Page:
The UK economy may recover by the end of this year, while the near term situation is bleak, the Bank of England chief economist Spencer Dale said Friday.

In a speech at the Association of British Insurers Economics and Research Conference in London, Dale said, As we go through 2009, I believe it is most likely that the pace at which output is contracting will ease and that we will see some signs of recovery by around the turn of this year.

The economist's assessment is quite similar to what the central bank mentioned in its February inflation report. The central bank expects the economy to shrink at an annual rate of 4% by the end of the first half of the year.

The economist said his view is based on the substantial stimulus already running in the economy. According to him, near-term prospects for the economy are bleak. He sees further shrinkage in output in the first half of this year on weakening labor markets and concerns over job prospects.

The latest gross domestic product figures released by the Office for National Statistics on Friday showed that the economy shrunk more than earlier thought in the final quarter of 2008. The GDP dropped 1.6% sequentially in the fourth quarter, worse than the 1.5% fall reported earlier.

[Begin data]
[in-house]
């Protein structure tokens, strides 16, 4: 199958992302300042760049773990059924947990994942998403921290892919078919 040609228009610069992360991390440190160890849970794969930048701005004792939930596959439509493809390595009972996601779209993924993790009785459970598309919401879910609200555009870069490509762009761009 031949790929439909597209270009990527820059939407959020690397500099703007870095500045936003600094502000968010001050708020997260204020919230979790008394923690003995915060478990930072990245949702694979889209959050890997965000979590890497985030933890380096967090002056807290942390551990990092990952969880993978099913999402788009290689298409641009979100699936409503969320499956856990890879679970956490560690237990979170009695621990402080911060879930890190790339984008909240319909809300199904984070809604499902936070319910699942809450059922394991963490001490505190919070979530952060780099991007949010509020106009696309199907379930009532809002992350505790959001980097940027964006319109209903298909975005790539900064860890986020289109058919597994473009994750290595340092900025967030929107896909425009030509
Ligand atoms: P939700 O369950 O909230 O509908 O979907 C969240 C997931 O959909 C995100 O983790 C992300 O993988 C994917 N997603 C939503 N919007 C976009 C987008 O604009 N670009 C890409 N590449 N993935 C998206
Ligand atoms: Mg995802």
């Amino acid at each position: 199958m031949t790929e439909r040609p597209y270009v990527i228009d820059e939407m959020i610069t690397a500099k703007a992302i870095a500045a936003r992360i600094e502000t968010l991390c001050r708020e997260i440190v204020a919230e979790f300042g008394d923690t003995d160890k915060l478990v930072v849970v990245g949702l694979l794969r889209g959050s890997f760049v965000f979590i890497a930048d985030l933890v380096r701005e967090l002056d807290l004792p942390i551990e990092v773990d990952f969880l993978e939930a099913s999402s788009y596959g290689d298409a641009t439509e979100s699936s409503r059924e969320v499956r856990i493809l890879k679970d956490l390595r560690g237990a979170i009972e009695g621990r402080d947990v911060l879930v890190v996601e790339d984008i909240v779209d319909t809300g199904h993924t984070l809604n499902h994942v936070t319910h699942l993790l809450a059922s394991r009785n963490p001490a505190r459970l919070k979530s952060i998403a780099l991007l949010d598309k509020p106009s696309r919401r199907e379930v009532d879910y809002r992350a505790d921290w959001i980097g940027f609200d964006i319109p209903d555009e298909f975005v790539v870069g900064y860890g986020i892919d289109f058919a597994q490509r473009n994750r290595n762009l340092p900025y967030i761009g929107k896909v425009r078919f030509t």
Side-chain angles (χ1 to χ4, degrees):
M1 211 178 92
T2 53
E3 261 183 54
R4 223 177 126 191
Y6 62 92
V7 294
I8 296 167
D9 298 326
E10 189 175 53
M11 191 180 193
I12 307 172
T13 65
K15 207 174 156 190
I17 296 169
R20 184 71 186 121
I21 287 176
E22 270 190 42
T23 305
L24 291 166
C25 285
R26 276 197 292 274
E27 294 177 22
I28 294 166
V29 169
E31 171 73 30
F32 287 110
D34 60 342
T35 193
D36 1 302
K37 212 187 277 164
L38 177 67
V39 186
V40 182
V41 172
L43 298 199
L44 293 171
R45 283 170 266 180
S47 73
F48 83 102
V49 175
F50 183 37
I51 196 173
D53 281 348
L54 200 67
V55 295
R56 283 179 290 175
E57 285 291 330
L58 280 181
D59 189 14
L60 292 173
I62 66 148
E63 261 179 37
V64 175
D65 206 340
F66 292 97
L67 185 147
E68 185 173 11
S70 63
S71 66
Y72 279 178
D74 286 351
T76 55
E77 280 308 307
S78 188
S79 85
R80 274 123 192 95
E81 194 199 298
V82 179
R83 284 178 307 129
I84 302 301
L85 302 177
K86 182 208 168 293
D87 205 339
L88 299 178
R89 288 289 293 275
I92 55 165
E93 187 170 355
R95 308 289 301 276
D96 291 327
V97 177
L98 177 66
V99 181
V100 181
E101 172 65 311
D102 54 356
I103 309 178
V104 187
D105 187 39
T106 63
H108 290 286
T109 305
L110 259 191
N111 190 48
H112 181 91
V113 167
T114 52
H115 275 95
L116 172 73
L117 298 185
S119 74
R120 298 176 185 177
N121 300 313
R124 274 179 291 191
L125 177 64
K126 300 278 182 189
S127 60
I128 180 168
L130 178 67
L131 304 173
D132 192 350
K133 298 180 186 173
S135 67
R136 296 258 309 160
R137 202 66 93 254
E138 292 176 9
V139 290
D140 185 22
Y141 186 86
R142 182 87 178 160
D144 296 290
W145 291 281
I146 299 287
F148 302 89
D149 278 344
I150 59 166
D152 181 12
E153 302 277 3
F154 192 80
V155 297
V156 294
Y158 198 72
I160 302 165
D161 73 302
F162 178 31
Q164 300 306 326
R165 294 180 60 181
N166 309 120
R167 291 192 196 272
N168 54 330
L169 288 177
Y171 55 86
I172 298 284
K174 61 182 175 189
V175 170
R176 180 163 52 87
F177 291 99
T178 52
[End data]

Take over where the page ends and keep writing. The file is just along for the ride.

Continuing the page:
Dale stressed that the risks to the outlook are weighted to the downside, reflecting the likelihood that stimulus measures could be slow to take effect. So there may still be more to do.

On March 5, the Monetary Policy Committee had voted unanimously to reduce the interest rate by 50 basis points to a historical low of 0.5% and to buy assets worth GBP 75 billion using central bank reserves. To date, the BoE has bought GBP 13 billion of gilts from investors.

The central bank economist noted that the objective of the central bank's operations within corporate credit markets is not to purchase a specific quantity of assets; rather it is to improve the functioning of those markets.

The scale of purchases required to improve market liquidity may in fact be relatively small: the very knowledge that the Bank stands ready to purchase assets may be as beneficial as the actual asset purchases themselves.

Further, the required scale of purchases is likely to diminish over time as liquidity improves and private investors return to the market, Dale said.

According to Dale, it is too early to decide on whether the asset purchase scheme is having its desired effect, though there are encouraging signs. Since the MPC's announcement, yields on gilts have fallen by 40-60 basis points at the horizons at which the Bank is making purchases. This has been accompanied by falls in yields on non-financial corporate bonds of up to around 30 basis points.

Just as policymakers adjusted monetary policy boldly and decisively on the way down in order to meet the target, they will be prepared to respond with equal vigor on the way back up when the time comes, Dale stated.

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